Okay, Walker missed his chance then but he still has time. Maybe he will now cite this key Russian argument in his final summation. Here goes:

The events of recent months have also solidified the hold of “Eurasianism” on the imaginations of Russia’s top lawmakers. This ideology envisions Russia’s re-emergence as a conservative world power in direct opposition to the geopolitical hegemony and liberal values of the west. The ideology was largely developed by Alexander Dugin, the son of a KGB officer who has become the wide-eyed prophet predicting a “Russian spring”, as he called his recent plan for Russia’s domination of Europe via Ukraine.

If you blinked you may have missed it. Did you see a reference to “geopolitical hegemony and liberal values of the west”? Was that Walker’s effort to reference Nato expansionism? But if it was, look how he framed it. That view is described as an “ideology”, known menacingly as “Eurasianism”, and obviously a devious one because it was developed by the “son of a KGB officer” who also happens to be a “wide-eyed prophet” and has a lot of influence on Russian MPs’ “imaginations”.

So the problem here is not that Russia is getting boxed in by an aggressive Nato policy on its doorstep; no, according to Walker, it is that Putin and a coterie of former KGB thugs want an expansionist Russia to take over Europe, using Ukraine as the launchpad.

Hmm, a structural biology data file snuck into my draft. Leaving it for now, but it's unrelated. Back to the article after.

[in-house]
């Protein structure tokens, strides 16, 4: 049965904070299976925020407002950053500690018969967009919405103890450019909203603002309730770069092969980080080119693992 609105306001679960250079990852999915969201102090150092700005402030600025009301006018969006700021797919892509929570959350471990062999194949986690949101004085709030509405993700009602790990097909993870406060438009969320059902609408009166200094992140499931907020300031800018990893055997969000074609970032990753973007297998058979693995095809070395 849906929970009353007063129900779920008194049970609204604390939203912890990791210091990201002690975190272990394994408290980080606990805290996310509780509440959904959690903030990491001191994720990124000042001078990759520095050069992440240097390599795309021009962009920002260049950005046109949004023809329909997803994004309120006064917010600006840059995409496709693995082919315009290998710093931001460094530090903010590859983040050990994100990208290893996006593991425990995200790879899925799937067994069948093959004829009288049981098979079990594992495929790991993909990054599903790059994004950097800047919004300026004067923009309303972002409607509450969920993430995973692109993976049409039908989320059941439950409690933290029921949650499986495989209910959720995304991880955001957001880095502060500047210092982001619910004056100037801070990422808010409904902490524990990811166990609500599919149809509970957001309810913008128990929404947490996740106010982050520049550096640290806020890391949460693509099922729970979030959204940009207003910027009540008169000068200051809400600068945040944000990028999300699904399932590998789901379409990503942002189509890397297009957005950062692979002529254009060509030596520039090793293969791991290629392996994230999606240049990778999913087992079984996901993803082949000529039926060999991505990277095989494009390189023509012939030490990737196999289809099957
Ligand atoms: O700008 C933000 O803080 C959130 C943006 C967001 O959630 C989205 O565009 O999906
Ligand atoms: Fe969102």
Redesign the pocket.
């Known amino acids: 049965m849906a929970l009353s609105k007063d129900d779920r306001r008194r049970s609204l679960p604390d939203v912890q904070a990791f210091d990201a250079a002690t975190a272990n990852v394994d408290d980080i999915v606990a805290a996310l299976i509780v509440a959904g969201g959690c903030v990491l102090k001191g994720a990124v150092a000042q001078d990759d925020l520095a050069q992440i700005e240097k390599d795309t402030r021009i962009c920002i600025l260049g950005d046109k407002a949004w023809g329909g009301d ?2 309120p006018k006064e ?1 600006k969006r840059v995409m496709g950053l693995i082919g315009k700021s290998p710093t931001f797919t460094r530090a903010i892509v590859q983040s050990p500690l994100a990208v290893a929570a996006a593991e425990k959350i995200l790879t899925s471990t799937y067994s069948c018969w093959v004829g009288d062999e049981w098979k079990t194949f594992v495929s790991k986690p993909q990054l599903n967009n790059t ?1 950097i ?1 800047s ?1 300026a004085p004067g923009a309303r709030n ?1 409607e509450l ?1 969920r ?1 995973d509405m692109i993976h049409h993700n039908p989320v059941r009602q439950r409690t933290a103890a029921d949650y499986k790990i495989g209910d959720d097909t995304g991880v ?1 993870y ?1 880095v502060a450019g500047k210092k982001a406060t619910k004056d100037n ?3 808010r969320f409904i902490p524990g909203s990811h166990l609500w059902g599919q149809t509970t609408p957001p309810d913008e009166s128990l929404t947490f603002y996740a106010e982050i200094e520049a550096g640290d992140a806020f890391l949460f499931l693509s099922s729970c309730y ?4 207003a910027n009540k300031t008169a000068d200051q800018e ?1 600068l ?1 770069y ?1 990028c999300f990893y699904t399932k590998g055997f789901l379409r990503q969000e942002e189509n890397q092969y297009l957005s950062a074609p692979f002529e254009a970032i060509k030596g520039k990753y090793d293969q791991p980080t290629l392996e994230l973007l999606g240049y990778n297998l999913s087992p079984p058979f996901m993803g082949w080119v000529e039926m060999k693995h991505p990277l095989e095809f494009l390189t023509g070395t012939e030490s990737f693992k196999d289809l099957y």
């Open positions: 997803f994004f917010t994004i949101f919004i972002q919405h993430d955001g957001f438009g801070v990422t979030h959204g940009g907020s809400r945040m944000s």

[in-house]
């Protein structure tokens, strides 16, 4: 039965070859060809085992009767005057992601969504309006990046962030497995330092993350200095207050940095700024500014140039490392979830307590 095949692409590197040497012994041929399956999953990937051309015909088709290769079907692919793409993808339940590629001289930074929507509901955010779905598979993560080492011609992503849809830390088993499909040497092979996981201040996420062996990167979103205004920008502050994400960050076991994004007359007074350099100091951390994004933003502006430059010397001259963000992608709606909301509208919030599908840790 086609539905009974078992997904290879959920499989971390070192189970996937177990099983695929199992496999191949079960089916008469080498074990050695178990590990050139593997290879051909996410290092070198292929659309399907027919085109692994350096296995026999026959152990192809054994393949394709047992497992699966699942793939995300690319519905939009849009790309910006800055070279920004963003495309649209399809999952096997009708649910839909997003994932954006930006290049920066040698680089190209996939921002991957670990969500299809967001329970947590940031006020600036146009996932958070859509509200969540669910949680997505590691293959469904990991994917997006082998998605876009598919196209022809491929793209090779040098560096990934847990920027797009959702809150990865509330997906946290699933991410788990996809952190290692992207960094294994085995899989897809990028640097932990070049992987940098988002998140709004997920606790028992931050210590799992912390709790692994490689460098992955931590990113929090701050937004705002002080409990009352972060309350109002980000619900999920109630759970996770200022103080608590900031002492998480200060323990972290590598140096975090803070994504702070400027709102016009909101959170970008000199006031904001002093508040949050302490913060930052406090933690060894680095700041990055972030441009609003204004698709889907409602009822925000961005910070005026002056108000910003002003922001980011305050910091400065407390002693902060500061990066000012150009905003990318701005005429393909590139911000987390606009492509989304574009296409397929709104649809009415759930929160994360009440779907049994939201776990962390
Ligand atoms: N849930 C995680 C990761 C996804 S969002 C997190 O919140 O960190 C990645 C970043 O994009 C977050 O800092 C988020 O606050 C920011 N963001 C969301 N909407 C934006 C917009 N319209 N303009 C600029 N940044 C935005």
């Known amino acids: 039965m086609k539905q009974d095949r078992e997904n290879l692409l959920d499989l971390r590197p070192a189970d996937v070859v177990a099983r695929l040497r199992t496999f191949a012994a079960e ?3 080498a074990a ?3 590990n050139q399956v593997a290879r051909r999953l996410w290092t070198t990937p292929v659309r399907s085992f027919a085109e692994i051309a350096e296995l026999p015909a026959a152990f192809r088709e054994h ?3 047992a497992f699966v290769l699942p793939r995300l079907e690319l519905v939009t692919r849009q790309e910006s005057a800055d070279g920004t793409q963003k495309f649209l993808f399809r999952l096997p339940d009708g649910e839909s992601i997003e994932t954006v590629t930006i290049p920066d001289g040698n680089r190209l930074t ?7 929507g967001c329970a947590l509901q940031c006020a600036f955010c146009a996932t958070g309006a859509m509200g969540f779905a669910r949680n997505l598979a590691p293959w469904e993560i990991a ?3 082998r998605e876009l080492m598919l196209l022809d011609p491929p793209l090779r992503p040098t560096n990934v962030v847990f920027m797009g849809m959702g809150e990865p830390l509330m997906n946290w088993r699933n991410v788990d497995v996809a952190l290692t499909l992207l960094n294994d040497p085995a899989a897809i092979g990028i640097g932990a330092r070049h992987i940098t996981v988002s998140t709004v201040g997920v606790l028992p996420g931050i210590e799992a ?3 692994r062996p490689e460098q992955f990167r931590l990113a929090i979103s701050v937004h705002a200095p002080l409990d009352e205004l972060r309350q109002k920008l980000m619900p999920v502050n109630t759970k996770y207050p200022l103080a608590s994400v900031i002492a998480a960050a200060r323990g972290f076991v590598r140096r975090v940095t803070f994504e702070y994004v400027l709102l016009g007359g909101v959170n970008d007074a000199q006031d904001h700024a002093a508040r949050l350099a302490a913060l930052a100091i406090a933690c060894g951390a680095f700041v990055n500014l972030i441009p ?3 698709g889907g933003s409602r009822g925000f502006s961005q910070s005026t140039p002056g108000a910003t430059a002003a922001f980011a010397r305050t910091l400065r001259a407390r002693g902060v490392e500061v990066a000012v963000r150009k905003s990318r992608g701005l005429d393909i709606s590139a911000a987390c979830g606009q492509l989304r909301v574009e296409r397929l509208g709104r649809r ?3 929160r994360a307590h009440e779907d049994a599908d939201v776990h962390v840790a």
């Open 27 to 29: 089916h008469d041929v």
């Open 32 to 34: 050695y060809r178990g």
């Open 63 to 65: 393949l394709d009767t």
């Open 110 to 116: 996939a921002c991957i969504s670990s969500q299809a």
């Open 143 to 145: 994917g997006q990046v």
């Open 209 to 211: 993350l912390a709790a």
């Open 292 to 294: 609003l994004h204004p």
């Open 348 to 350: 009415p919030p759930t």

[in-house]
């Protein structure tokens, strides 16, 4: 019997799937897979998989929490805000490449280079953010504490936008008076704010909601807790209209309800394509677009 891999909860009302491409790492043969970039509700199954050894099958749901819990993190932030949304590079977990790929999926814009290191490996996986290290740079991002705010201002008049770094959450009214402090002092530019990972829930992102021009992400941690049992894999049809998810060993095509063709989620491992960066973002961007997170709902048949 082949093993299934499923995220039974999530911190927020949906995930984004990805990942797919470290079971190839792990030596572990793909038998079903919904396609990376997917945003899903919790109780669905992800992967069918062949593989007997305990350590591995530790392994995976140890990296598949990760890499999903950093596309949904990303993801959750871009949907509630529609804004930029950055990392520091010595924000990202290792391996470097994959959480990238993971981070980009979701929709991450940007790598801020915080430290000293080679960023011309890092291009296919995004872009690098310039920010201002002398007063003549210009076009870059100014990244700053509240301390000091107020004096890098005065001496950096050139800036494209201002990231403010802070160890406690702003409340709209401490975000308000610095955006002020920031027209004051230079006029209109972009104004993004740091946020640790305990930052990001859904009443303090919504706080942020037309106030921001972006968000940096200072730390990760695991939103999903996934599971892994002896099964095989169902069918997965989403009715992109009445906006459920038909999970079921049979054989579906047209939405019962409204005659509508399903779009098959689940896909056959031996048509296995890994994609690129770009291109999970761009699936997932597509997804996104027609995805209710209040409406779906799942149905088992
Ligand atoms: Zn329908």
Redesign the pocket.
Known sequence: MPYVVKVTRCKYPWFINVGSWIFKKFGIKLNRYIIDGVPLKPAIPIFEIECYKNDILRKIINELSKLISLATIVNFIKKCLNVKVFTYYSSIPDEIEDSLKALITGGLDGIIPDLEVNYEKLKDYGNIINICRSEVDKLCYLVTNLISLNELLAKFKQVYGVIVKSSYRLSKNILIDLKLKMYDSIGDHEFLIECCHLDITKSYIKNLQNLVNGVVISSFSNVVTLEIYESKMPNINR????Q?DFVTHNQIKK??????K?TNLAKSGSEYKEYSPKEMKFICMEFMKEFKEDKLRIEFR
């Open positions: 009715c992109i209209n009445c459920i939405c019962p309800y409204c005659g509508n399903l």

It is not just that Walker’s conclusions happen to coincide exactly with those of western governments. It is that even in his position working for a supposedly top-flight liberal media outlet he cannot bring himself to give a clear-eyed account of the more plausible Russian arguments, ones that would highlight the hypocrisy and malevolence of our own western governments.

Brainwashing under freedom indeed.

One thought on “More Guardian ‘brainwashing’ on Putin By Jonathon Cook

  1. Tad Davison says:

    Best to follow my example. I do not buy, nor do I read anything put out by the British or US press. I long ago saw though their BS, so I see little point in treating any of them with anything other that disdain or contempt. They just don’t know when, or even how, to tell the truth.

    Tad Davison

    Cambridge UK